Labour shuns the strikers at its peril

Tom Fox on Milliband's condemnation of the public sector pension strikes.

July 4, 2011
5 min read

On Thursday, 750,000 workers went on strike. Tens of thousands marched across the UK’s major cities to show opposition to the government’s austerity drive, so many that assembly points were crammed and in some cities new venues needed to be found for the final speeches. Since the student protests of the winter, the left has steadily found a voice across the country and is developing an increasing and long awaited confidence.

Yet there was an unsurprising absence from the supporters of the strikes and protests: the Labour Party. The party founded to represent the working class, and funded by trade unions for this purpose, has continued with the aggressive union bashing enshrined in principle by Blair and his entourage in 1994. Anyone hoping for any different from “Red Ed” must have finally had those illusions dispersed last week, when he denounced striking workers as wrong.

The complete lack of substance in Miliband and the party’s position was revealed by the embarrassing and illuminating interview in which he repeated his flimsy opposition to the strikes like a schoolboy who has learned something by rote, but does not understand it. He demonstrated the continuation of one of New Labour’s most unedifying traits: the carefully choreographed absence of both meaning and principle.

Yet more than this, it represents a looming disaster for his leadership and his party. According to a YouGov poll, 70% of Labour supporters expressed their backing for the strike. In the same poll, 39% of the population supported the walkout, while a ComRes poll found that 48% of people supported the strikes. Although still a divisive issue, the population was far more supportive of strikes, protests and unions than most of the media allowed.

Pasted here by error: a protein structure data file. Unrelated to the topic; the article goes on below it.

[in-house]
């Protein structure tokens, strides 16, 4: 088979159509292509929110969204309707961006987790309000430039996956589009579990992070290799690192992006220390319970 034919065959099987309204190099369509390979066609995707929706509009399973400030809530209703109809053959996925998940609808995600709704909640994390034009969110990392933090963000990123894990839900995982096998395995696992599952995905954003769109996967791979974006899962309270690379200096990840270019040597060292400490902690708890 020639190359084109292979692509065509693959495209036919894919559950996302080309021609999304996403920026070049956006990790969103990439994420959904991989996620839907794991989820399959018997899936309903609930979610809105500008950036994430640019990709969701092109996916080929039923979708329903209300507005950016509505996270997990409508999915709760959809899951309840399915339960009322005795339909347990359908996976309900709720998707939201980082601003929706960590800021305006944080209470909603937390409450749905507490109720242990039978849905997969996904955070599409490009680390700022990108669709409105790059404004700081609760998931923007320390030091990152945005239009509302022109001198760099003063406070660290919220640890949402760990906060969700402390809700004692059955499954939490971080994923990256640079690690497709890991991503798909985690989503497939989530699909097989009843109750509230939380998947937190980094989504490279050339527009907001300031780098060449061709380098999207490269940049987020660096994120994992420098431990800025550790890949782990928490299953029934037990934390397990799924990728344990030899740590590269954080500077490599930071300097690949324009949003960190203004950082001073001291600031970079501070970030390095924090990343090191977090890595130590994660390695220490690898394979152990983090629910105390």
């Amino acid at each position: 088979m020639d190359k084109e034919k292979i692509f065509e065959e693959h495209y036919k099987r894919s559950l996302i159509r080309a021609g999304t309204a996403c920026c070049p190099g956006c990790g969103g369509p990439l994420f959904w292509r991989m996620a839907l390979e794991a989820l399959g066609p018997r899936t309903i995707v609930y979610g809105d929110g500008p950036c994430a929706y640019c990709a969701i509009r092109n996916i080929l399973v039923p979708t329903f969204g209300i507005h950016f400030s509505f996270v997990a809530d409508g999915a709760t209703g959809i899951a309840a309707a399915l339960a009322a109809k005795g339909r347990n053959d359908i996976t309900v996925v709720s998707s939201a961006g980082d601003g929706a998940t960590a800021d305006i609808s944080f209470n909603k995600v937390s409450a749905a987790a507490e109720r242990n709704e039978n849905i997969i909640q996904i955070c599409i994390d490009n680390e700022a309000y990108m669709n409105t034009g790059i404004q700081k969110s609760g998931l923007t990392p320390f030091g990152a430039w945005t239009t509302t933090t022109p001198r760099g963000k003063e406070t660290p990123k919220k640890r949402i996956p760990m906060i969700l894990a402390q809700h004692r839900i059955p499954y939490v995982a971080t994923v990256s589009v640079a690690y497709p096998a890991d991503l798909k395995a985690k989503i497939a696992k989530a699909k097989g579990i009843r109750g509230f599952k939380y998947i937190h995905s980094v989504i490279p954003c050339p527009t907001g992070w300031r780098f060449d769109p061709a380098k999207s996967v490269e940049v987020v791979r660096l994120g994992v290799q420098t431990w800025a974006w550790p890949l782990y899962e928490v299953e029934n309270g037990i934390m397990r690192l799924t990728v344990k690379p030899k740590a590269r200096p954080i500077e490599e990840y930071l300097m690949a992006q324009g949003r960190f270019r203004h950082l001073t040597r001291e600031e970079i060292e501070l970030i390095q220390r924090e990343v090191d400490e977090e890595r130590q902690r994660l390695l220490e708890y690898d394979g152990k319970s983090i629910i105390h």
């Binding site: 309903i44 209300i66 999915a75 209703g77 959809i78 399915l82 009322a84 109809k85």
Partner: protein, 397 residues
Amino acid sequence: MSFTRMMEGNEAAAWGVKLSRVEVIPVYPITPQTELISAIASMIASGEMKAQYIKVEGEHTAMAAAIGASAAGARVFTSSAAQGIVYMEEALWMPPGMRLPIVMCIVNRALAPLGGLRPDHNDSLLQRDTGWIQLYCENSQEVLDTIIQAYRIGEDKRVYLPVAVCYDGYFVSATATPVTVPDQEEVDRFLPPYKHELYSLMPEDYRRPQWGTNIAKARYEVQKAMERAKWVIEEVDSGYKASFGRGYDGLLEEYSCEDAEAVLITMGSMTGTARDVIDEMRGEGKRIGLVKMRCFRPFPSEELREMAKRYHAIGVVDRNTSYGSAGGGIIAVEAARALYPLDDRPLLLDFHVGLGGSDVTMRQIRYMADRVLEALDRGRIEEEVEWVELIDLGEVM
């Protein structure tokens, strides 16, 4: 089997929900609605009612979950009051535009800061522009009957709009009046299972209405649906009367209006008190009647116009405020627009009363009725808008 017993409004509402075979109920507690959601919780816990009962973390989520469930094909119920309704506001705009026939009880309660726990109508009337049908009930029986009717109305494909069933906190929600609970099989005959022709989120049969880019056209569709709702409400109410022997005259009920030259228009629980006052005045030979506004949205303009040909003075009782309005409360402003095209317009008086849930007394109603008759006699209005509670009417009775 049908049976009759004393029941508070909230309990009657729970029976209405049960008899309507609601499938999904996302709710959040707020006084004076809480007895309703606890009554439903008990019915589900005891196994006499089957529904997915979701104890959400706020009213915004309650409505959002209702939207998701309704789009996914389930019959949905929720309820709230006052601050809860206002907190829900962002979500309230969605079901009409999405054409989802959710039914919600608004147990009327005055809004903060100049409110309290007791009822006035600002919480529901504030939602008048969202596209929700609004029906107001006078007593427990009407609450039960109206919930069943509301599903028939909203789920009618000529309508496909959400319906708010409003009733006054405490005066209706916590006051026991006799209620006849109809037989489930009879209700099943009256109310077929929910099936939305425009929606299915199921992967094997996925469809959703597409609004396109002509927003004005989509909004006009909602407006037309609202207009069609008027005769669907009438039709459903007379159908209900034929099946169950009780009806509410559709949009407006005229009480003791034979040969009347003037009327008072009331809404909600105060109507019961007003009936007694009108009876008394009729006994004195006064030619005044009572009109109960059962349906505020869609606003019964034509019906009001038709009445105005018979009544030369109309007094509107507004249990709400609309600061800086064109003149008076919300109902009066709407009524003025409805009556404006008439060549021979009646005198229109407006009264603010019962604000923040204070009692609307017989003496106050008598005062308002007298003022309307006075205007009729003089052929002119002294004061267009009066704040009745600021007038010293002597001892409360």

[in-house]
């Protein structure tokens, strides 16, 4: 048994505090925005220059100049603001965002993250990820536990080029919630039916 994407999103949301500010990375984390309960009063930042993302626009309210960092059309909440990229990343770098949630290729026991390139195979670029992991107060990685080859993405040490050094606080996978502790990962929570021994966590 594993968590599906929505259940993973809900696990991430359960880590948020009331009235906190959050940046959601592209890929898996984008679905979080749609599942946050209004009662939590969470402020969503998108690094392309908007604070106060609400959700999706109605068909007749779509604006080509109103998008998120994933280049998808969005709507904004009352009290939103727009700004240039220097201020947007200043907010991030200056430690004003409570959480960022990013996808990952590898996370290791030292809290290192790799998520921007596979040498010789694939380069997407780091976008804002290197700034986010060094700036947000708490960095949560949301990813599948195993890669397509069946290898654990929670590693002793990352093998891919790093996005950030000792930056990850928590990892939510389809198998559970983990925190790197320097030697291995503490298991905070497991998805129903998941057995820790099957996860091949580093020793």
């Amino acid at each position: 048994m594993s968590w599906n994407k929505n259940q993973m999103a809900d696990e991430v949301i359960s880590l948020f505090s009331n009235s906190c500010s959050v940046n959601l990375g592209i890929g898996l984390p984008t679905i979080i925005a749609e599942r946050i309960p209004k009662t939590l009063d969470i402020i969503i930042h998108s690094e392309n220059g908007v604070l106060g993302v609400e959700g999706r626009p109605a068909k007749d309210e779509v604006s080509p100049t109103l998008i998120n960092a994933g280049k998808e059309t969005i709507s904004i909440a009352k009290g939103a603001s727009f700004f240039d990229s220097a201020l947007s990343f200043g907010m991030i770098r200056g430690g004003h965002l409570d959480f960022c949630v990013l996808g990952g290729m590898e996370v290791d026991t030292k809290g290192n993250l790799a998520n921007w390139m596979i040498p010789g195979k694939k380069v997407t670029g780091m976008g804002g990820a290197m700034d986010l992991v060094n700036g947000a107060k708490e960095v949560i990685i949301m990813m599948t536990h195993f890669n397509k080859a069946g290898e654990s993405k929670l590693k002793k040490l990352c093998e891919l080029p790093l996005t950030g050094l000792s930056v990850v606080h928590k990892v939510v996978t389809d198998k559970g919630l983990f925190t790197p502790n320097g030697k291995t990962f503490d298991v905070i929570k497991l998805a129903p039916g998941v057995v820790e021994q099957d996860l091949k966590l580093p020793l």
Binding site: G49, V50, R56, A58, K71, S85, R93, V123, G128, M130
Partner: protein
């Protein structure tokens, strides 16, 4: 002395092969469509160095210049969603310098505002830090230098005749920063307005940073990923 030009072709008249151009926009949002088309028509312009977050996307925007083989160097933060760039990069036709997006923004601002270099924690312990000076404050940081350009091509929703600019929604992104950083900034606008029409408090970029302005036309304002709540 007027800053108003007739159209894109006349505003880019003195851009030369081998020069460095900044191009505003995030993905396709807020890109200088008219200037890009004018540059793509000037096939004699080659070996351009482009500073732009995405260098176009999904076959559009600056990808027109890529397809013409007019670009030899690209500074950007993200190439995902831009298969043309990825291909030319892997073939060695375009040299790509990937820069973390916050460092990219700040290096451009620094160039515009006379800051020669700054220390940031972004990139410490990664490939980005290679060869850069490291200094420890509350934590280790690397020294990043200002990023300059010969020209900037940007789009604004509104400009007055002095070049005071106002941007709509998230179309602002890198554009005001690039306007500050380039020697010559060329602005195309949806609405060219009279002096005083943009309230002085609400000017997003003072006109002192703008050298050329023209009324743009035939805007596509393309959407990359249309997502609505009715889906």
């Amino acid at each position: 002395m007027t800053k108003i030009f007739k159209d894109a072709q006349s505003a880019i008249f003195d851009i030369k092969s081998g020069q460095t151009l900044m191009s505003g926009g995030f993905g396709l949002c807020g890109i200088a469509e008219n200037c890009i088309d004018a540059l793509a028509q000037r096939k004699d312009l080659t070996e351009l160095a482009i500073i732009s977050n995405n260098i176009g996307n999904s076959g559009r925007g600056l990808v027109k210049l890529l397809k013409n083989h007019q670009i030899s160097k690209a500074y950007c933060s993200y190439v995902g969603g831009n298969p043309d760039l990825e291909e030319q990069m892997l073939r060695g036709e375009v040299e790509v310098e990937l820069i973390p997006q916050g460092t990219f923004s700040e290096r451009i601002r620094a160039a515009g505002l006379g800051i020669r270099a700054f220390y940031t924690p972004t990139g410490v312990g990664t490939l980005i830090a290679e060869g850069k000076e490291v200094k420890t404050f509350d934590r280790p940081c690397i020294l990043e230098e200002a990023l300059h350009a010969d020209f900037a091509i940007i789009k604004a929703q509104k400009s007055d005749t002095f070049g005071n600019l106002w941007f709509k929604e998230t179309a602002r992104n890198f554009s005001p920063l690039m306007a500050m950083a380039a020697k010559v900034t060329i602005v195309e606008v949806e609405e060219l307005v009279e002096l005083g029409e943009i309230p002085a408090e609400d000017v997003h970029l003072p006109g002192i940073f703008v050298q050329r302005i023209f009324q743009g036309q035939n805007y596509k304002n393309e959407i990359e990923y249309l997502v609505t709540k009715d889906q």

This is reflected in the fury heaped on Miliband himself. The response to those 70% of Labour supporters who disagreed with him was little more than a note, with an argument not so much non-compelling as non-existent. The disrespect for those on strike and their supporters is revealed in his complete inability and unwillingness to build a case against the strikes. The result, unsurprisingly, was a barrage of comments from Labour Party members and supporters sick of his being a “spineless jerk”.

Fittingly, on the day after the broad-left began to reassert itself Miliband’s pet project, Blue Labour, reared its head. On Friday John Cruddas and Jonathan Rutherford wrote an article hazily expounding their desire for a “new patriotism”, the subtext being a patriotism defined not as multicultural but instead specific to the white working class. In their eyes, the working class is a caricature obsessed solely with race, immigration and crime, “abandoned to globalisation” and fearing overwhelming social change. They want a return to the stability and safety of communities that foster “social order, family life and common decency”. The “people” are right wing, and therefore so must the left.